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Just by looking at a charter school building in Manhattan, one can tell that they are not like New York City’s traditional public schools. Charter schools are funded with public money but privately run. The money that would support a student in a public school is instead used to support a charter school if they choose to attend one. In New York City, the 10 percent of students who attend charter schools are more proficient in math, learn to read at grade level much faster and graduate at higher rates than their public-school peers.
In a rematch of last year’s national championship final, Harvard University edged Dartmouth women’s rugby out of a chance to defend its 2018 title by a single point on Saturday afternoon in Cambridge.
Breaking a 32-year drought of season-opener road wins and ending an opponent’s 26-game home win streak is one way to start the season. With its first season-opening road win in more than three decades, the Big Green men’s basketball team came out on top against the University of Buffalo on Friday, 68-63. While a 17-point lead fell to one in the second half, the Big Green kept its composure to hold the advantage against the Bulls.
Nov. 5 marked the start of the college basketball season, objectively the greatest sports season in America.
Updated Nov. 10, 2019 at 12:45 p.m.
In its 17 games dating back to the start of last season, No. 13 Dartmouth football is 16-1. No. 9 Princeton University football is 17-0. The one loss separating these two teams? The Tigers’ 14-9 defeat over the Big Green last November.
Launched on Oct. 29, Dartmouth’s annual United Way fundraising campaign, which supports social service organizations in the Upper Valley, aims to raise $270,000 by Dec. 20 — a slight decrease from last year’s goal of $290,000.
As New Hampshire gears up to host the first-in-the-nation presidential primary, various campaigns have established themselves on campus in an effort to increase support for candidates. Student campaign volunteers can regularly be spotted at tables near Novack Cafe or on street corners around the Green in an attempt to attract grassroots support.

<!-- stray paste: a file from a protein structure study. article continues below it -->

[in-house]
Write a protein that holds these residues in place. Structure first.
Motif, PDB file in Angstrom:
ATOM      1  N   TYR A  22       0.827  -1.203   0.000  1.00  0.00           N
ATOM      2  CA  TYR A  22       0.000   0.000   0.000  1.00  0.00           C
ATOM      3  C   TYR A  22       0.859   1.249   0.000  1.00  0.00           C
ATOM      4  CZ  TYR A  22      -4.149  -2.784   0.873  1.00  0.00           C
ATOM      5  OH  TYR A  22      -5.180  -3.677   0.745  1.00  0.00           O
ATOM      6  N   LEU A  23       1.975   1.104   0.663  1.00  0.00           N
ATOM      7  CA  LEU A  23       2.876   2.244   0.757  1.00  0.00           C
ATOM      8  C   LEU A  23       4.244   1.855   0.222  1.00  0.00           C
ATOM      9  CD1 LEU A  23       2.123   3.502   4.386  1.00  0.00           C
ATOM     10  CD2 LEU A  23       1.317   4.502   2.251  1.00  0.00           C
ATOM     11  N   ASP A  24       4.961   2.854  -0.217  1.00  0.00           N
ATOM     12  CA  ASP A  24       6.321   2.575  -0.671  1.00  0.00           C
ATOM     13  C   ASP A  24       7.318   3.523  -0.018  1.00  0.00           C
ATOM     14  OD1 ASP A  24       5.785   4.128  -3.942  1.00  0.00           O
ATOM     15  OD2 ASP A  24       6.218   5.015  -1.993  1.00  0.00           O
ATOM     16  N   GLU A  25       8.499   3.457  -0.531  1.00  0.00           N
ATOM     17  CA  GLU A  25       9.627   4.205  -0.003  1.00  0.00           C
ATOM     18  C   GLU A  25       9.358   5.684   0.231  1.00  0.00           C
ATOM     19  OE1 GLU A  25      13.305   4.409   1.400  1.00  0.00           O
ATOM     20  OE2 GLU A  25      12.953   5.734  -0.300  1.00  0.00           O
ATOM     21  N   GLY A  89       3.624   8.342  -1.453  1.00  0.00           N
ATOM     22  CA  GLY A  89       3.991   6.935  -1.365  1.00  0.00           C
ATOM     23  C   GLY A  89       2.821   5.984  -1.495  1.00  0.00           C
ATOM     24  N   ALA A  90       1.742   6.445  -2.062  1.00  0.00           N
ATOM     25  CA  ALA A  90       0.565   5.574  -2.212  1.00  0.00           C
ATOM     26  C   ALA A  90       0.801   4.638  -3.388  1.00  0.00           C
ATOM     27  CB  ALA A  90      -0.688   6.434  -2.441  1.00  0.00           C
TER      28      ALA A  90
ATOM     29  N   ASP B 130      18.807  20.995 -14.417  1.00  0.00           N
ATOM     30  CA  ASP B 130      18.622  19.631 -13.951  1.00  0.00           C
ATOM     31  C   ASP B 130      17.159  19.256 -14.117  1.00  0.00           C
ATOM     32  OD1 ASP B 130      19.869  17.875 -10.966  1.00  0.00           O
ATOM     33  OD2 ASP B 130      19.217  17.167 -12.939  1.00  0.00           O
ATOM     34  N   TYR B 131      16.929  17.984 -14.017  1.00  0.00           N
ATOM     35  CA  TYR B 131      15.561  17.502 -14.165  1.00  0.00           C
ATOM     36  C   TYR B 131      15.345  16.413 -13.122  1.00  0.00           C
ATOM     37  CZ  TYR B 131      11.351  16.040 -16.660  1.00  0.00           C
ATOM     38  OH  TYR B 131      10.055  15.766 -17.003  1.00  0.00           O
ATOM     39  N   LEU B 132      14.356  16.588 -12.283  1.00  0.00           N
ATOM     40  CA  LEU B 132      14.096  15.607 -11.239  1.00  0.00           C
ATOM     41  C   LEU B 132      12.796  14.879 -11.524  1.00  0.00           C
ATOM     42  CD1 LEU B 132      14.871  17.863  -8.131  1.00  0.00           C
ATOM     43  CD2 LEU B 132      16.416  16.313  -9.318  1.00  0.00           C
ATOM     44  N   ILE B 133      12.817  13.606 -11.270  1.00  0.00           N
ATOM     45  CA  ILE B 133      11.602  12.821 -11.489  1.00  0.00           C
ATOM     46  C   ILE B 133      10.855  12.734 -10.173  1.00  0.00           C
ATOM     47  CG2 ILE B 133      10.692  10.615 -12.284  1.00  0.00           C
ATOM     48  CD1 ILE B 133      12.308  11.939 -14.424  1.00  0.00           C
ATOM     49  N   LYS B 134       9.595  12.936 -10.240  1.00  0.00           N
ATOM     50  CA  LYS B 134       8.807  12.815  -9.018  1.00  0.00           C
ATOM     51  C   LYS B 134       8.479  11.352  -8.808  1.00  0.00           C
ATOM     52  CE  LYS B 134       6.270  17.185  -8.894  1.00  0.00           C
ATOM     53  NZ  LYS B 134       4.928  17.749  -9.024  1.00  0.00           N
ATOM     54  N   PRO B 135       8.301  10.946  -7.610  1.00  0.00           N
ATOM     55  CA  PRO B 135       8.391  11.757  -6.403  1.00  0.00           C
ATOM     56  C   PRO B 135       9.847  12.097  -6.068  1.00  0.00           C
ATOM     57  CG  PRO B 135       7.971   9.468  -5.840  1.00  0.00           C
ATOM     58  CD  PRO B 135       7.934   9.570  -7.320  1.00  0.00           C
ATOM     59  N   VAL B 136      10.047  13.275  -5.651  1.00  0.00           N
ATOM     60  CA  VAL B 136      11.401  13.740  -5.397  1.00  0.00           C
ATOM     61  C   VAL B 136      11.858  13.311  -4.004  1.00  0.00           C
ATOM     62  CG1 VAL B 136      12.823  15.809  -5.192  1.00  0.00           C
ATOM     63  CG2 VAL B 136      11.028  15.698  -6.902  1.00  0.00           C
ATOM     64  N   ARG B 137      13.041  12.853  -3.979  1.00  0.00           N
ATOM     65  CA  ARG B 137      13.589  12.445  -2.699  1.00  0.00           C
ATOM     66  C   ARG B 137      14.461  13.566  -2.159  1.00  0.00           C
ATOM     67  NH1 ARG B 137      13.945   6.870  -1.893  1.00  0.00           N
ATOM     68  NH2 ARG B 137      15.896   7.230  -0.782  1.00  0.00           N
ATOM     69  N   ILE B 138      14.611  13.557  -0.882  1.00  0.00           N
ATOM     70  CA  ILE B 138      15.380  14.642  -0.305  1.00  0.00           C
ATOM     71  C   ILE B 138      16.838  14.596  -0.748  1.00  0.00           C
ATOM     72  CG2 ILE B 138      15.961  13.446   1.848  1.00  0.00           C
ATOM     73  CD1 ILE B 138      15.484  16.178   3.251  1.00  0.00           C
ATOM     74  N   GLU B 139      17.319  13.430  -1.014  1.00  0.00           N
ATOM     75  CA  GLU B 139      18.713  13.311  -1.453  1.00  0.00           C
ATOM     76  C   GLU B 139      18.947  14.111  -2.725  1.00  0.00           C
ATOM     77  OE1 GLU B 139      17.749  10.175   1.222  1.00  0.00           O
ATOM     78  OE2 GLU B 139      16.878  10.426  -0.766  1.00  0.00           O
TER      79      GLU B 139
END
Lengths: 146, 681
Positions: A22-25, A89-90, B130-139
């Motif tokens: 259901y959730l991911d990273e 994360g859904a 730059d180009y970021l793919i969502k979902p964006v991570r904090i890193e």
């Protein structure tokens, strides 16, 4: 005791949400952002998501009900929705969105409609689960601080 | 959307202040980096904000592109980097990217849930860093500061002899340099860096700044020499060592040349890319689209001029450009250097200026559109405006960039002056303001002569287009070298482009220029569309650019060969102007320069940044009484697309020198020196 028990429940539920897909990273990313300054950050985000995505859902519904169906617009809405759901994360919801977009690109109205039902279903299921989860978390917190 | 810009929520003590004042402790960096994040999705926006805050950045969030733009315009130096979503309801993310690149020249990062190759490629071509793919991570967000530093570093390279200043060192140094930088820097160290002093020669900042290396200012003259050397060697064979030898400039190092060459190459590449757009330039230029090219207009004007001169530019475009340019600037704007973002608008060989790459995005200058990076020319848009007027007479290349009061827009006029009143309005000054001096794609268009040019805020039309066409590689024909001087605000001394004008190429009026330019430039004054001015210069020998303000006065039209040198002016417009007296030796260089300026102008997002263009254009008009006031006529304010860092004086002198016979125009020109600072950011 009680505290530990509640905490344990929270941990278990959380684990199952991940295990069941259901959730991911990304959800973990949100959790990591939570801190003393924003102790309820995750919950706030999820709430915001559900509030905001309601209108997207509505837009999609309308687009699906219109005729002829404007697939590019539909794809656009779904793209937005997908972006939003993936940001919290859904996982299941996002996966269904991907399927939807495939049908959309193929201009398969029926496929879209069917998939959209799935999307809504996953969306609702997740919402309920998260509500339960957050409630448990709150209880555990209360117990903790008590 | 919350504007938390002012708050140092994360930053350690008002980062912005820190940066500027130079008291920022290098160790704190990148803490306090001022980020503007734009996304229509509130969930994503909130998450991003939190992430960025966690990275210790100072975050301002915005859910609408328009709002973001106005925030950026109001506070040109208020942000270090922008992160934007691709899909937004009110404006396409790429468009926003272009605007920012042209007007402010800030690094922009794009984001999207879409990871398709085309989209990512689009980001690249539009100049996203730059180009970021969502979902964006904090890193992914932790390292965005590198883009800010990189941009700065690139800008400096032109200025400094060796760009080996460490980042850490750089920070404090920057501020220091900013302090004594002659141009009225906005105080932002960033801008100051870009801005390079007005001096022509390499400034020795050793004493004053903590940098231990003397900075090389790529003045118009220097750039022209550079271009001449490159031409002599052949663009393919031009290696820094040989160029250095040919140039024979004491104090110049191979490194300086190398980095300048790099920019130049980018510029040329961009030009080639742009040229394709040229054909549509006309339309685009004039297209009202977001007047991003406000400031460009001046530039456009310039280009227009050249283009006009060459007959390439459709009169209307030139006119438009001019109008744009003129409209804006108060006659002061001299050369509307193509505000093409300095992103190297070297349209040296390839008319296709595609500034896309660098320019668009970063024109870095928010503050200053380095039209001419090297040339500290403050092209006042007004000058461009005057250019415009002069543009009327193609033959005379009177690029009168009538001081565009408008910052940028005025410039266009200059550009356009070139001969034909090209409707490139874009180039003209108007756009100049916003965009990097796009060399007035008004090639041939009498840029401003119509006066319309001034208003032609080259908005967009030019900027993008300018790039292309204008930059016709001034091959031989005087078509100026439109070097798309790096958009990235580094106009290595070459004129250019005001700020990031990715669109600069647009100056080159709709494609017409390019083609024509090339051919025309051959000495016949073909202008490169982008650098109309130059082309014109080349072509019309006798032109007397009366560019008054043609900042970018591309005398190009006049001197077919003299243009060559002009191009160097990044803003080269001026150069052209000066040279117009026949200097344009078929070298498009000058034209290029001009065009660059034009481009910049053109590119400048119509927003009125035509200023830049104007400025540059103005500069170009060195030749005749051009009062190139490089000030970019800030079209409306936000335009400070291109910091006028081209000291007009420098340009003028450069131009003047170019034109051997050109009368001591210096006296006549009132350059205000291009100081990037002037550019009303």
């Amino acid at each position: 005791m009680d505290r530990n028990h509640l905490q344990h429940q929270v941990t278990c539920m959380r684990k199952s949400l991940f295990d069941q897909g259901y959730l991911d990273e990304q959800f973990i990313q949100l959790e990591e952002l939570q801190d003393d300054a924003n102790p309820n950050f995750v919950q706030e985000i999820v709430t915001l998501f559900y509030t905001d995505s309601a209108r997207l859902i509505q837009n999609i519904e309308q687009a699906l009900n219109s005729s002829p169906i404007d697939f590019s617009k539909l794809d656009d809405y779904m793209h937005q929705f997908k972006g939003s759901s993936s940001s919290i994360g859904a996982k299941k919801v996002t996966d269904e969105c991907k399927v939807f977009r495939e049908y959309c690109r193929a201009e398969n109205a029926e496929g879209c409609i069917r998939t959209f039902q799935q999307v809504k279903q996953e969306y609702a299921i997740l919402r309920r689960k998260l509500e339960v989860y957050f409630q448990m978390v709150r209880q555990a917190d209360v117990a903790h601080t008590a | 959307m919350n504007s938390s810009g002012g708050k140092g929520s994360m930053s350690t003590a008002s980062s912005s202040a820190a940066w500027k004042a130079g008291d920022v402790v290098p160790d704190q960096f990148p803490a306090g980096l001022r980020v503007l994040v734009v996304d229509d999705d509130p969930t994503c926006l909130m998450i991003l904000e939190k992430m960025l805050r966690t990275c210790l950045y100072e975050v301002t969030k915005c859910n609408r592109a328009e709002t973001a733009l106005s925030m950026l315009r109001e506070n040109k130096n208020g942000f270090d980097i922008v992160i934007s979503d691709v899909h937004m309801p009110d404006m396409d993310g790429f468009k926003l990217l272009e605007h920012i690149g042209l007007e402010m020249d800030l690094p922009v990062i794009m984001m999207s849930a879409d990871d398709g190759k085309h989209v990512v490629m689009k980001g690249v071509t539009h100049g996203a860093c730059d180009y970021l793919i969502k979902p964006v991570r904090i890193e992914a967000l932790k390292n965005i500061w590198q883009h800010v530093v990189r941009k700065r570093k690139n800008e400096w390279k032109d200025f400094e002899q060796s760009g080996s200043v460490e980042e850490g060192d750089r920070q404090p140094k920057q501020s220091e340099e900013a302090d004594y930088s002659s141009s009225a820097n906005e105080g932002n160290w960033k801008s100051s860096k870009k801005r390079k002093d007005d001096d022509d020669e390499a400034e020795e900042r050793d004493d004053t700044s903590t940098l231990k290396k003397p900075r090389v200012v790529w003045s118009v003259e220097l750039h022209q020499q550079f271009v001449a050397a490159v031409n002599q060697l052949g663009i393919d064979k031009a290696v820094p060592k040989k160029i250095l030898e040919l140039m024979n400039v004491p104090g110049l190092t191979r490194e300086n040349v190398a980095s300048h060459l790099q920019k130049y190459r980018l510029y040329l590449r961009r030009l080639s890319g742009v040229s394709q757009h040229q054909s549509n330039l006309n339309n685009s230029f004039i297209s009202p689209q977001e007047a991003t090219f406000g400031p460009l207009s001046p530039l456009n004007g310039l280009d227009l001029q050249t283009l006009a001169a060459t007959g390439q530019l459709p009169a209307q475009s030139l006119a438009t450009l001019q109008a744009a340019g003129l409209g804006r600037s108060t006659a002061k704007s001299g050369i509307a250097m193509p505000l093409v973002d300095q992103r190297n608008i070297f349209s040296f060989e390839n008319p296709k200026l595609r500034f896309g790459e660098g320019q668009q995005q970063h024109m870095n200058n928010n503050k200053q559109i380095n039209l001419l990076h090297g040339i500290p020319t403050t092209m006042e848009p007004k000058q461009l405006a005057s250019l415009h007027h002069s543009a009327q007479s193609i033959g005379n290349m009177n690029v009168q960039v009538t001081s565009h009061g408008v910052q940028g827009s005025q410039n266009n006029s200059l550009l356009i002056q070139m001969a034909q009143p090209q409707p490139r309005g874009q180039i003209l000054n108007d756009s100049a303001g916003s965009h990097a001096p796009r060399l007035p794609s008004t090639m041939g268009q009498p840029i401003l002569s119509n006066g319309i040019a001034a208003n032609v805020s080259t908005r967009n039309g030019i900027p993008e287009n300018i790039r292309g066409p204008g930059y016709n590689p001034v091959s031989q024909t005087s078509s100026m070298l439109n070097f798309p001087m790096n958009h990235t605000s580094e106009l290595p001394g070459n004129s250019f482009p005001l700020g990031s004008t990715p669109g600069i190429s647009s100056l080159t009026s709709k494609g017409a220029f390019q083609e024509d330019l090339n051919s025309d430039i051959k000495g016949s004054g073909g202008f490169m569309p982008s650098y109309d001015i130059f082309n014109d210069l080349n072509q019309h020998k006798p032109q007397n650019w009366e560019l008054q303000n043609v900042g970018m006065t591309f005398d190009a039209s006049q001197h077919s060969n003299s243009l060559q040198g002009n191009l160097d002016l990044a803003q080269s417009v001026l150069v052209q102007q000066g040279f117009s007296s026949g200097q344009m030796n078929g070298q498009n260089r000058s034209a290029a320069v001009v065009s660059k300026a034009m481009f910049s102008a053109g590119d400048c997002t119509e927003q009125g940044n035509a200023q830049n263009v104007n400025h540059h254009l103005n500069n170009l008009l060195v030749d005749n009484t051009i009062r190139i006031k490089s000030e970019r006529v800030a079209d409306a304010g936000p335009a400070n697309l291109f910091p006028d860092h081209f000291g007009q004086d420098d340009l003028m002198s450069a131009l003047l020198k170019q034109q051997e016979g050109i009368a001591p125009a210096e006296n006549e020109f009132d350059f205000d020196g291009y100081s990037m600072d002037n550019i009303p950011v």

Following a lawsuit filed by an alumna, Dartmouth has participated in an external review of Americans with Disabilities Act infrastructure on campus and has implemented several changes to improve accessibility at the College.
Loading screens and buffering videos have become a familiar sight for those connected to Dartmouth’s wireless networks. While a new network is currently being installed throughout campus, students have noticed slower WiFi connectivity this term, which has hindered their ability to complete assignments and communicate with others.
Deputy director of the Hood Museum Juliette Bianco ’94 will be presented with a 2019 New England Museum Association Excellence Award today at the association’s annual meeting, where three other Hood staff members will also be presenting their work. Bianco oversees the Hood’s exhibitions and often travels to speak about the benefits and opportunities that museums can bring to college campuses.
In the next few days, people will come together to mark the 30th anniversary of the fall of the Berlin Wall. As a moment of triumph over division and repression, the event deserves recognition. But it would be a mistake to believe that the bringing-down of the wall, and the reunification of Germany that followed, marked an end. Germany is still not a unified nation, and the repercussions of this are only now coming to popular attention.
Every year in October, Dartmouth and similar institutions are required to report on their campus crime and security in accordance with the Clery Act. Topics subject to reporting include law enforcement authority, incidence of alcohol and drug use, sexual assault, and domestic or dating violence. Of particular note in this year’s report for Dartmouth was that the number of reported sexual assaults increased.
To the Editor,
In the op-ed pages of our various papers of record and on cable news political talk shows, it’s not uncommon to see policies proposed by public figures like Sen. Bernie Sanders (I-VT) and Sen. Elizabeth Warren (D-MA) referred to as high-minded and aspirational, but ultimately not pragmatic. For political pundits, the concept of “pragmatism” serves as a useful cudgel to wield against those earnest public figures with the aim of effecting meaningful political change. However, it is precisely this bold idealism that is necessary for effecting substantial, impactful change when it comes to tackling the climate crisis.
Through the collaboration of faculty from the Russian and government departments, the Guarini Institute for International Education and the Arthur L. Irving Institute for Energy and Society, Dartmouth students may have the opportunity to participate in an interdisciplinary study abroad in Russia through a new foreign study program by the summer of 2020.
With the $14 million settlement of a federal class action lawsuit accusing the College of failing for years to act on allegations of sexual misconduct against three former psychological and brain sciences professors pending court approval, the lawsuit has spurred a number of both direct and indirect changes on campus to prevent similar incidents in the future.
The Consortium of Studies in Race, Migration, and Sexuality made its debut this term with a launch reception in October in Sanborn Library and two events. Directed by women’s, gender, and sexuality studies professor Eng-Beng Lim, the consortium works to create new interdisciplinary relationships on campus.